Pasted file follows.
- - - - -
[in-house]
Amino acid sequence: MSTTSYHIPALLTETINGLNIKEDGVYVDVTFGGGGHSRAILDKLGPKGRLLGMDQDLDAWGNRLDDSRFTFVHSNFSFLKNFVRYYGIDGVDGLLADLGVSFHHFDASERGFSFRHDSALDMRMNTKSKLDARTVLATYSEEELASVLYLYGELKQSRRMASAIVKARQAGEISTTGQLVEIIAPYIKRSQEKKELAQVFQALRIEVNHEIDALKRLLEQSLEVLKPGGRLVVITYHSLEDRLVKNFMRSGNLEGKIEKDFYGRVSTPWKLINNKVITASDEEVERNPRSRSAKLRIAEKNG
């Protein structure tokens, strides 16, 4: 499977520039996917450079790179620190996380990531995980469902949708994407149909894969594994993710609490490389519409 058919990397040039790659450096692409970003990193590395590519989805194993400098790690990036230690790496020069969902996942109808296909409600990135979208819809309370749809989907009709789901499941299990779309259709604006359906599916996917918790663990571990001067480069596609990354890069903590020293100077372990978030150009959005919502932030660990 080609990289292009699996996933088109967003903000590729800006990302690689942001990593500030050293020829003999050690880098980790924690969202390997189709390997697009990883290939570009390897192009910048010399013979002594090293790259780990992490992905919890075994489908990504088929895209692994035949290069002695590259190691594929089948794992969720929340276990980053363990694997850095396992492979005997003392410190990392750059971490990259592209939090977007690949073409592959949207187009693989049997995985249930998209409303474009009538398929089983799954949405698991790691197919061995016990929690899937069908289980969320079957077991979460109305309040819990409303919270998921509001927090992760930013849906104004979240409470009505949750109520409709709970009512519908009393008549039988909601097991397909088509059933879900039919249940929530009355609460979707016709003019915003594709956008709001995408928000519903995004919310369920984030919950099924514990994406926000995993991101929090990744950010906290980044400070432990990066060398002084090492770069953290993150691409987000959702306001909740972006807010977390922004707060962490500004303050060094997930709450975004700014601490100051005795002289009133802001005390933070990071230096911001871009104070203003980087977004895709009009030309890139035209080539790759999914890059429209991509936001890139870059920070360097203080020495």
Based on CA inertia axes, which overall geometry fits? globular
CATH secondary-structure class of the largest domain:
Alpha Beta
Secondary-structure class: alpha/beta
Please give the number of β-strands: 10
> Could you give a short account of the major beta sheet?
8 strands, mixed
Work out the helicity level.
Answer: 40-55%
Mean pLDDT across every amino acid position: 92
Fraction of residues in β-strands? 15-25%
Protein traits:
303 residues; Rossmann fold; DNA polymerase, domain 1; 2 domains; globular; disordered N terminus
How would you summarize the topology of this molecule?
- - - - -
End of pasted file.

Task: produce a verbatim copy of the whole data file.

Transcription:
[in-house]
Amino acid sequence: MSTTSYHIPALLTETINGLNIKEDGVYVDVTFGGGGHSRAILDKLGPKGRLLGMDQDLDAWGNRLDDSRFTFVHSNFSFLKNFVRYYGIDGVDGLLADLGVSFHHFDASERGFSFRHDSALDMRMNTKSKLDARTVLATYSEEELASVLYLYGELKQSRRMASAIVKARQAGEISTTGQLVEIIAPYIKRSQEKKELAQVFQALRIEVNHEIDALKRLLEQSLEVLKPGGRLVVITYHSLEDRLVKNFMRSGNLEGKIEKDFYGRVSTPWKLINNKVITASDEEVERNPRSRSAKLRIAEKNG
């Protein structure tokens, strides 16, 4: 499977520039996917450079790179620190996380990531995980469902949708994407149909894969594994993710609490490389519409 058919990397040039790659450096692409970003990193590395590519989805194993400098790690990036230690790496020069969902996942109808296909409600990135979208819809309370749809989907009709789901499941299990779309259709604006359906599916996917918790663990571990001067480069596609990354890069903590020293100077372990978030150009959005919502932030660990 080609990289292009699996996933088109967003903000590729800006990302690689942001990593500030050293020829003999050690880098980790924690969202390997189709390997697009990883290939570009390897192009910048010399013979002594090293790259780990992490992905919890075994489908990504088929895209692994035949290069002695590259190691594929089948794992969720929340276990980053363990694997850095396992492979005997003392410190990392750059971490990259592209939090977007690949073409592959949207187009693989049997995985249930998209409303474009009538398929089983799954949405698991790691197919061995016990929690899937069908289980969320079957077991979460109305309040819990409303919270998921509001927090992760930013849906104004979240409470009505949750109520409709709970009512519908009393008549039988909601097991397909088509059933879900039919249940929530009355609460979707016709003019915003594709956008709001995408928000519903995004919310369920984030919950099924514990994406926000995993991101929090990744950010906290980044400070432990990066060398002084090492770069953290993150691409987000959702306001909740972006807010977390922004707060962490500004303050060094997930709450975004700014601490100051005795002289009133802001005390933070990071230096911001871009104070203003980087977004895709009009030309890139035209080539790759999914890059429209991509936001890139870059920070360097203080020495």
Based on CA inertia axes, which overall geometry fits? globular
CATH secondary-structure class of the largest domain:
Alpha Beta
Secondary-structure class: alpha/beta
Please give the number of β-strands: 10
> Could you give a short account of the major beta sheet?
8 strands, mixed
Work out the helicity level.
Answer: 40-55%
Mean pLDDT across every amino acid position: 92
Fraction of residues in β-strands? 15-25%
Protein traits:
303 residues; Rossmann fold; DNA polymerase, domain 1; 2 domains; globular; disordered N terminus
How would you summarize the topology of this molecule?